The program is primarily directed towards postdoctoral candidates with a M.D. or Ph.D. degree interested in pursuing a career in clinical investigation or translational research. Potential applicants will have a primary research training focus either in basic science or in clinical research. Scholars are recruited from many departments and disciplines and range from graduate students working towards a Masters degree to individuals holding junior faculty appointments. Scholars differ in levels of prior training and experience in areas covered by the curriculum, in levels of commitment, and in interests. In order to accommodate the varying needs we have incorporated two mechanisms to permit flexibility while retaining the benefits of structured modular instruction. First, scholars spend the majority of their time working on their primary focus for training as a basic scientist or a clinician investigator. Second, scholars are able to select from two training tracks for participating in the CREST program to supplement their training. Participants are assessed on application to the program for their goals and needs for training in specific areas.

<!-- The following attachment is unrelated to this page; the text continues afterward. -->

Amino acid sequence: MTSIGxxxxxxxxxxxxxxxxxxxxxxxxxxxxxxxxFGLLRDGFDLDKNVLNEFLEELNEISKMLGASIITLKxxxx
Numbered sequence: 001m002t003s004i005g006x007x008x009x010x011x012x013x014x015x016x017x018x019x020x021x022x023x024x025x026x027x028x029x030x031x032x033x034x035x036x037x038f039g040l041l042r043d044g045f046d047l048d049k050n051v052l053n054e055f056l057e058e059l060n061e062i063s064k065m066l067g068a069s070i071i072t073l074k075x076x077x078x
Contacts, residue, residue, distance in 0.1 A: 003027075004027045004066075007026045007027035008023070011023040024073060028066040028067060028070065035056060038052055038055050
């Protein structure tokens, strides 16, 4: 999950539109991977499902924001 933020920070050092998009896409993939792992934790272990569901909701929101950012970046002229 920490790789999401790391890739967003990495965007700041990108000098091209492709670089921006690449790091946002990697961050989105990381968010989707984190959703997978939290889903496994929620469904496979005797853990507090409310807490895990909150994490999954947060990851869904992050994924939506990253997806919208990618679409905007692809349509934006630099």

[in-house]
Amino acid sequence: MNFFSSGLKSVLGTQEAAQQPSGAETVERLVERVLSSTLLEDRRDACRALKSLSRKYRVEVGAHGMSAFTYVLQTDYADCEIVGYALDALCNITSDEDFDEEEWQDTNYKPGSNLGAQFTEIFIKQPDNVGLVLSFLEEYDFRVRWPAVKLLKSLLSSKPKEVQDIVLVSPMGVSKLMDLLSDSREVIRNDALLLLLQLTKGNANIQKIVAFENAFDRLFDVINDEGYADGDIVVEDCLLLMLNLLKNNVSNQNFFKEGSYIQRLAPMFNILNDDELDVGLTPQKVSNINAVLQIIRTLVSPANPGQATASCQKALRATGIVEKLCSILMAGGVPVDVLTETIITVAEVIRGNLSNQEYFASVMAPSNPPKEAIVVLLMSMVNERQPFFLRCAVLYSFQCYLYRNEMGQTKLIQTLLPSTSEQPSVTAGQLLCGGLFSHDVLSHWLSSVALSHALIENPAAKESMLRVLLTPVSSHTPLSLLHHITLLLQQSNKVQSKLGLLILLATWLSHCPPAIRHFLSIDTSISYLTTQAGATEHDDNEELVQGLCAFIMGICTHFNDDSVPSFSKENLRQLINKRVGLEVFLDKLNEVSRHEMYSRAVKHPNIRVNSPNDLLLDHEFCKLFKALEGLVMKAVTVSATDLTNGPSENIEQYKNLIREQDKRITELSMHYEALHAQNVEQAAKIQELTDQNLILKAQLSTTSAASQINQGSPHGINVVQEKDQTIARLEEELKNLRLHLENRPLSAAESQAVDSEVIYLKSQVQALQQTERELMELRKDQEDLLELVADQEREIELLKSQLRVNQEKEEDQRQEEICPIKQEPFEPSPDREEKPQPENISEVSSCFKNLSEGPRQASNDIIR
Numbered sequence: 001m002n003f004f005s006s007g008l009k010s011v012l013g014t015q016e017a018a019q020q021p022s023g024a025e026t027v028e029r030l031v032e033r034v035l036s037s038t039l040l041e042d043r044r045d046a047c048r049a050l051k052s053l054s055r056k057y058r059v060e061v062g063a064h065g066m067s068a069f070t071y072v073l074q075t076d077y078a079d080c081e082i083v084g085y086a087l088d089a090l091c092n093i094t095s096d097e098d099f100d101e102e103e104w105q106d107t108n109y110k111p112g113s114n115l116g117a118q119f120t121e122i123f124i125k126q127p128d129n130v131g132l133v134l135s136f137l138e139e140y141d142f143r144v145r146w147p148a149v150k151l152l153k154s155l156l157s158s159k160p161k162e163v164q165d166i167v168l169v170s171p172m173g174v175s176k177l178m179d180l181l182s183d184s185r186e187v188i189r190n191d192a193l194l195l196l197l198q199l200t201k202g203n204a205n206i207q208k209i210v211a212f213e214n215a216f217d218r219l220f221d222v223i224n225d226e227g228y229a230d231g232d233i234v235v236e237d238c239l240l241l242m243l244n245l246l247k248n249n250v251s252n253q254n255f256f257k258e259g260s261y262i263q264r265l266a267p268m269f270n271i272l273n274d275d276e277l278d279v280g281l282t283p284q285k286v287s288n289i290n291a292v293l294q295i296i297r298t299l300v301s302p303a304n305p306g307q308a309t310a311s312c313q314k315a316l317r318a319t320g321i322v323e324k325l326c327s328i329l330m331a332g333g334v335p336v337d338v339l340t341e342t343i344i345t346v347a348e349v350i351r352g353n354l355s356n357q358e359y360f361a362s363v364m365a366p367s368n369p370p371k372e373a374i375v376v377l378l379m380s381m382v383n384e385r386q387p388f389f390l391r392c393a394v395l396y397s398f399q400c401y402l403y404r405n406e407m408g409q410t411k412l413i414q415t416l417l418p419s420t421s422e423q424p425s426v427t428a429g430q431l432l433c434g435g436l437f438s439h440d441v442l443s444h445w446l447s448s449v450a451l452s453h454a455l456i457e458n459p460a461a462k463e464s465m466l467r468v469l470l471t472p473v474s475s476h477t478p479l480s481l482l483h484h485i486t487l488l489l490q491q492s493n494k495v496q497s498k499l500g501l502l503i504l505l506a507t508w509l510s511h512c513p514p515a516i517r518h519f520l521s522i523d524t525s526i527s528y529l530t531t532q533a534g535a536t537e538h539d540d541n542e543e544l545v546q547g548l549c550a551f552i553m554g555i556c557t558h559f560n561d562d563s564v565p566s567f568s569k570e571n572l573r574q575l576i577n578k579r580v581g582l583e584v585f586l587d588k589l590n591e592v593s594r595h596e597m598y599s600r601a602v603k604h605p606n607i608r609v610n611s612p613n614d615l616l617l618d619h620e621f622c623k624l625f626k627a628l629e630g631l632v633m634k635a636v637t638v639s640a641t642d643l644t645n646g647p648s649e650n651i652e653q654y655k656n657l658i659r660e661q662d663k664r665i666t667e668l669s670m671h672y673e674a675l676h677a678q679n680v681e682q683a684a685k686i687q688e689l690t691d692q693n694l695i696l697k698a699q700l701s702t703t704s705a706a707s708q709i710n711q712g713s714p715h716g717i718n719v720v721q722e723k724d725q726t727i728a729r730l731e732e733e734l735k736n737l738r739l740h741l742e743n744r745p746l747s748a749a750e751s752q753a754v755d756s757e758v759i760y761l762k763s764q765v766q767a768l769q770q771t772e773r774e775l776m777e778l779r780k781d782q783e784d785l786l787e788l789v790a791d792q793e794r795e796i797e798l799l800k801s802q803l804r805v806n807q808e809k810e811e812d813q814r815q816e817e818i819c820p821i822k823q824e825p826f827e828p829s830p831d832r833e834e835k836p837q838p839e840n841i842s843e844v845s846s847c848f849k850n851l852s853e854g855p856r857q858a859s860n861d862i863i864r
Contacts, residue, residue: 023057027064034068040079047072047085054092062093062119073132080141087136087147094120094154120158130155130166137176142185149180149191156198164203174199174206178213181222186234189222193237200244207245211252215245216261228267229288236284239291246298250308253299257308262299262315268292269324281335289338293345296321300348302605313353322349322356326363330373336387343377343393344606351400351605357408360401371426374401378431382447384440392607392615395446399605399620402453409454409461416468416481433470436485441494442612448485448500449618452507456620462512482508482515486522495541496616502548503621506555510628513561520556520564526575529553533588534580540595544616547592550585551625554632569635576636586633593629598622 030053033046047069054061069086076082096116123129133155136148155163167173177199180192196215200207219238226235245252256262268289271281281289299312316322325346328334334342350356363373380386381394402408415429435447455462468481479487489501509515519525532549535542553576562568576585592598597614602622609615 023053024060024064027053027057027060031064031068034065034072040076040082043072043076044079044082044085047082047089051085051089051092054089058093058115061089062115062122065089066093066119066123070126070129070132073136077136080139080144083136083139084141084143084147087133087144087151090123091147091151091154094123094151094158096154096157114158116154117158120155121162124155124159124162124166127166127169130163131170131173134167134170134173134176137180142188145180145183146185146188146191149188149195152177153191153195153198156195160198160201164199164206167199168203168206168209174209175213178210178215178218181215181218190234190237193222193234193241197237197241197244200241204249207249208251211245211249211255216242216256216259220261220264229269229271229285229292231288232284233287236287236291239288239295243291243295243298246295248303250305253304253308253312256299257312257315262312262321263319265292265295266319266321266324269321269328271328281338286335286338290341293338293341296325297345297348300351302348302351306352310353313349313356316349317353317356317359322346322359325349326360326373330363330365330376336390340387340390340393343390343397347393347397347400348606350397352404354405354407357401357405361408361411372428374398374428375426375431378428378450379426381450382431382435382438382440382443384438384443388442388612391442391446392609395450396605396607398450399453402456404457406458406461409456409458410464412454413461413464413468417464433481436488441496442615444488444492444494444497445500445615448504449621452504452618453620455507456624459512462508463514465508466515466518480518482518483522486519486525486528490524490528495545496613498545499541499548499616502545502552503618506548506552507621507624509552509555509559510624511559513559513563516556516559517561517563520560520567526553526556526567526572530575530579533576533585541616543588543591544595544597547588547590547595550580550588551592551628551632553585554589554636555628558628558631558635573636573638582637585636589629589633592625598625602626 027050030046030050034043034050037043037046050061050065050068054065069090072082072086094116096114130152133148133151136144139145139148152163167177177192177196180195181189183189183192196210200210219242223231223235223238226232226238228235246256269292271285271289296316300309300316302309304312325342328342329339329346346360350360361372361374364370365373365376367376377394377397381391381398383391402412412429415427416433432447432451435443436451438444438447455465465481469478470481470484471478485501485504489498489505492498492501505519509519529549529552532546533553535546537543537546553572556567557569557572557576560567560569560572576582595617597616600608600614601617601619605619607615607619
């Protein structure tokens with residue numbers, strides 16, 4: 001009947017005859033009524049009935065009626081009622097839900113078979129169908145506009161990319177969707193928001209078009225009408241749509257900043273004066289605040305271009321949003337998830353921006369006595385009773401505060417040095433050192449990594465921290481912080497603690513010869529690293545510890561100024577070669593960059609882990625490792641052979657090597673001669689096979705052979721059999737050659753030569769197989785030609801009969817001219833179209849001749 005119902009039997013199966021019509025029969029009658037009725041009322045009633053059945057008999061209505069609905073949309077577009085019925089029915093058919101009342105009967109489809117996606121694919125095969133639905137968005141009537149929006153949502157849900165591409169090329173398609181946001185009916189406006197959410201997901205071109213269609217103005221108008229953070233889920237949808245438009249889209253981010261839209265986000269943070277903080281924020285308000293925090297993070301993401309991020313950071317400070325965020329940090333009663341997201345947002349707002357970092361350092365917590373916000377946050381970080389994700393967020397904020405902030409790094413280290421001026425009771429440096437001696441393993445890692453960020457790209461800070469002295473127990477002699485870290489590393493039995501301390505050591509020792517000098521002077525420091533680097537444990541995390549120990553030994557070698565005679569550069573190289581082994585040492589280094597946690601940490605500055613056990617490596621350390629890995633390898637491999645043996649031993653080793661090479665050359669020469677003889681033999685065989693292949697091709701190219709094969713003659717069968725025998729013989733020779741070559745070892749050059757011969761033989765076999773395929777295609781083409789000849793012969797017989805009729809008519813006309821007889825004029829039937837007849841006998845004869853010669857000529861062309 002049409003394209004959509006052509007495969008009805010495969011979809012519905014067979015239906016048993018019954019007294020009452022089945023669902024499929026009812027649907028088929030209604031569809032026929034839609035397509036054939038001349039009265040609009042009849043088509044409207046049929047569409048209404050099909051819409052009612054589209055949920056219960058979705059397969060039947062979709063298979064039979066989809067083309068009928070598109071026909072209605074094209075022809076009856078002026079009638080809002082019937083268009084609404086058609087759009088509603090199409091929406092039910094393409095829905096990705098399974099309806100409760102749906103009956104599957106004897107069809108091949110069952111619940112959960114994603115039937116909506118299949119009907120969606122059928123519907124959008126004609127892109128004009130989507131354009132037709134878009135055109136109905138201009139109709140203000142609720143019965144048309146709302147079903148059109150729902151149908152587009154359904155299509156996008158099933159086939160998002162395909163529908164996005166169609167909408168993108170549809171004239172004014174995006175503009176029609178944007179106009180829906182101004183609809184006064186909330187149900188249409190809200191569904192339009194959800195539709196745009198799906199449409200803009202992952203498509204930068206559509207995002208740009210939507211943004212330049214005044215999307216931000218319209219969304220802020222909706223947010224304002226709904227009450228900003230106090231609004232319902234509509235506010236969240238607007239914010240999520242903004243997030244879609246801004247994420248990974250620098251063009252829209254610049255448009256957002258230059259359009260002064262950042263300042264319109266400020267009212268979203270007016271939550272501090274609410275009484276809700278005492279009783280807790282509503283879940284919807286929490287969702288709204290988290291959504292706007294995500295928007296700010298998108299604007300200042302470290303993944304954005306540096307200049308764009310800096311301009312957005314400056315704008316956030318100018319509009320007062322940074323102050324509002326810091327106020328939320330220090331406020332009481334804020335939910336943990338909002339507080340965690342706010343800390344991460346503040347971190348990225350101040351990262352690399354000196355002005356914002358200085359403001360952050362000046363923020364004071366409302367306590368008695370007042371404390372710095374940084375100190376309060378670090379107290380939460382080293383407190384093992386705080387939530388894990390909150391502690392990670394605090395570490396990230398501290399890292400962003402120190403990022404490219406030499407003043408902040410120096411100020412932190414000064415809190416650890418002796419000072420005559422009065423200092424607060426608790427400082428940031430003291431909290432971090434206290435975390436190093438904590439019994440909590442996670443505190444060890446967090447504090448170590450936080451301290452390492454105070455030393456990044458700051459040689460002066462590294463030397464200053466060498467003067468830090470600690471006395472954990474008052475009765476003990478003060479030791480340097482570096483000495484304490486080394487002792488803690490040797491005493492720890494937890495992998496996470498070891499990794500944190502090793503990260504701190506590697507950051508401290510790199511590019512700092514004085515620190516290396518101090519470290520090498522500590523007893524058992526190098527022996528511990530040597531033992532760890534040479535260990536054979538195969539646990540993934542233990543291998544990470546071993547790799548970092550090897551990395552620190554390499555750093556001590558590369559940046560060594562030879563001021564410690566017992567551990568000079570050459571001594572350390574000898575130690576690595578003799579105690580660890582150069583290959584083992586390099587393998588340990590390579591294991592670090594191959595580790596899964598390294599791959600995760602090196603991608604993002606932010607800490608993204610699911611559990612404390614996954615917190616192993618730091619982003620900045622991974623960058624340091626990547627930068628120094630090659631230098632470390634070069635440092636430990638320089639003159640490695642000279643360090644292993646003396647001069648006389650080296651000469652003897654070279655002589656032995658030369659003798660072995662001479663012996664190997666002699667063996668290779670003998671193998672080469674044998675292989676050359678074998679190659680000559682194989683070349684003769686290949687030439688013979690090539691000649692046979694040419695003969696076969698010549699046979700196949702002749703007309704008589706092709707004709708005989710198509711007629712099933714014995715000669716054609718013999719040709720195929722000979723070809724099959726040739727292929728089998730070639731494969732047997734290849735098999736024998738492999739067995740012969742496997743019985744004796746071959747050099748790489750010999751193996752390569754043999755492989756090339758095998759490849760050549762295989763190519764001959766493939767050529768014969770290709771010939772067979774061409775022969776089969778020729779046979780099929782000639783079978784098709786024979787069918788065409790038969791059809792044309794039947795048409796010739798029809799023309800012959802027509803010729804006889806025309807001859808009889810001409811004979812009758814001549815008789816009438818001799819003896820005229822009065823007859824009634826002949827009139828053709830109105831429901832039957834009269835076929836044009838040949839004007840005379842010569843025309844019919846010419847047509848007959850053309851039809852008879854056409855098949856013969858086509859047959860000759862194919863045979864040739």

For those with more limited goals, Track I involves a smaller number of modules. For example, fellows whose interest and training focuses on laboratory research may elect to take only the modules involving biostatistics, career development, and ethical and regulatory issues. Those who pursue Track II commit to the entire ten-module, two-year curriculum. Taking all ten modules is equivalent to approximately 20 credits hours. Track II scholars have the option to enroll in the UCSD Masters of Advanced Studies in Clinical Research anytime during the first year of training and can apply the CREST curriculum credits towards the Masters degree.